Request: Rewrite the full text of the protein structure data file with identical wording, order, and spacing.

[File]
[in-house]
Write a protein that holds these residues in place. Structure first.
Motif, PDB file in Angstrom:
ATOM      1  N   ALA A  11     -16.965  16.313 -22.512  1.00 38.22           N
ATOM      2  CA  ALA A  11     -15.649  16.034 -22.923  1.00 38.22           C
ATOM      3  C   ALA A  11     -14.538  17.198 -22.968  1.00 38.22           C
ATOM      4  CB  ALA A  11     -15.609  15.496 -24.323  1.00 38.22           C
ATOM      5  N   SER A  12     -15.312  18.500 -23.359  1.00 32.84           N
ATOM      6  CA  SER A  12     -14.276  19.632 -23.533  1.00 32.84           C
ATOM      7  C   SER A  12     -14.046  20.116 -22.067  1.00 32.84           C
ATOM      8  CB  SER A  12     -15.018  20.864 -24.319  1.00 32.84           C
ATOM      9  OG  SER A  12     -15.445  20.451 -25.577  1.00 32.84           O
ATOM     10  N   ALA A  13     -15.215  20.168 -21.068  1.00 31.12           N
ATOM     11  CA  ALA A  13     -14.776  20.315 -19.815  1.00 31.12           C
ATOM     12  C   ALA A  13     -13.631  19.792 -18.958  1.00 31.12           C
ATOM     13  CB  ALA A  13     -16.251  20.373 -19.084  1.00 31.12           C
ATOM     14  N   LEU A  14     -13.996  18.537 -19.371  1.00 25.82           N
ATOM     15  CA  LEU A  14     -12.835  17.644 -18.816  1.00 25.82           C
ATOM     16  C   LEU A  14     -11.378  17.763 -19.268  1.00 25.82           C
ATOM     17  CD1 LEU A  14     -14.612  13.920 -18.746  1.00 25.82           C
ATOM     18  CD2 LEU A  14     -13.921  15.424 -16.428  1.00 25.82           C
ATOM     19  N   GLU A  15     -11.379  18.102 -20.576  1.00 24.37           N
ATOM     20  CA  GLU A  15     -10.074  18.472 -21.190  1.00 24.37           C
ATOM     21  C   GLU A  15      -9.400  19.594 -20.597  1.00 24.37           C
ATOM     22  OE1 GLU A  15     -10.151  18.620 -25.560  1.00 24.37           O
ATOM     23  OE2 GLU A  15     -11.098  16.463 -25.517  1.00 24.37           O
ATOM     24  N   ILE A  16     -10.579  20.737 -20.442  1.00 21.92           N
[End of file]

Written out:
[in-house]
Write a protein that holds these residues in place. Structure first.
Motif, PDB file in Angstrom:
ATOM      1  N   ALA A  11     -16.965  16.313 -22.512  1.00 38.22           N
ATOM      2  CA  ALA A  11     -15.649  16.034 -22.923  1.00 38.22           C
ATOM      3  C   ALA A  11     -14.538  17.198 -22.968  1.00 38.22           C
ATOM      4  CB  ALA A  11     -15.609  15.496 -24.323  1.00 38.22           C
ATOM      5  N   SER A  12     -15.312  18.500 -23.359  1.00 32.84           N
ATOM      6  CA  SER A  12     -14.276  19.632 -23.533  1.00 32.84           C
ATOM      7  C   SER A  12     -14.046  20.116 -22.067  1.00 32.84           C
ATOM      8  CB  SER A  12     -15.018  20.864 -24.319  1.00 32.84           C
ATOM      9  OG  SER A  12     -15.445  20.451 -25.577  1.00 32.84           O
ATOM     10  N   ALA A  13     -15.215  20.168 -21.068  1.00 31.12           N
ATOM     11  CA  ALA A  13     -14.776  20.315 -19.815  1.00 31.12           C
ATOM     12  C   ALA A  13     -13.631  19.792 -18.958  1.00 31.12           C
ATOM     13  CB  ALA A  13     -16.251  20.373 -19.084  1.00 31.12           C
ATOM     14  N   LEU A  14     -13.996  18.537 -19.371  1.00 25.82           N
ATOM     15  CA  LEU A  14     -12.835  17.644 -18.816  1.00 25.82           C
ATOM     16  C   LEU A  14     -11.378  17.763 -19.268  1.00 25.82           C
ATOM     17  CD1 LEU A  14     -14.612  13.920 -18.746  1.00 25.82           C
ATOM     18  CD2 LEU A  14     -13.921  15.424 -16.428  1.00 25.82           C
ATOM     19  N   GLU A  15     -11.379  18.102 -20.576  1.00 24.37           N
ATOM     20  CA  GLU A  15     -10.074  18.472 -21.190  1.00 24.37           C
ATOM     21  C   GLU A  15      -9.400  19.594 -20.597  1.00 24.37           C
ATOM     22  OE1 GLU A  15     -10.151  18.620 -25.560  1.00 24.37           O
ATOM     23  OE2 GLU A  15     -11.098  16.463 -25.517  1.00 24.37           O
ATOM     24  N   ILE A  16     -10.579  20.737 -20.442  1.00 21.92           N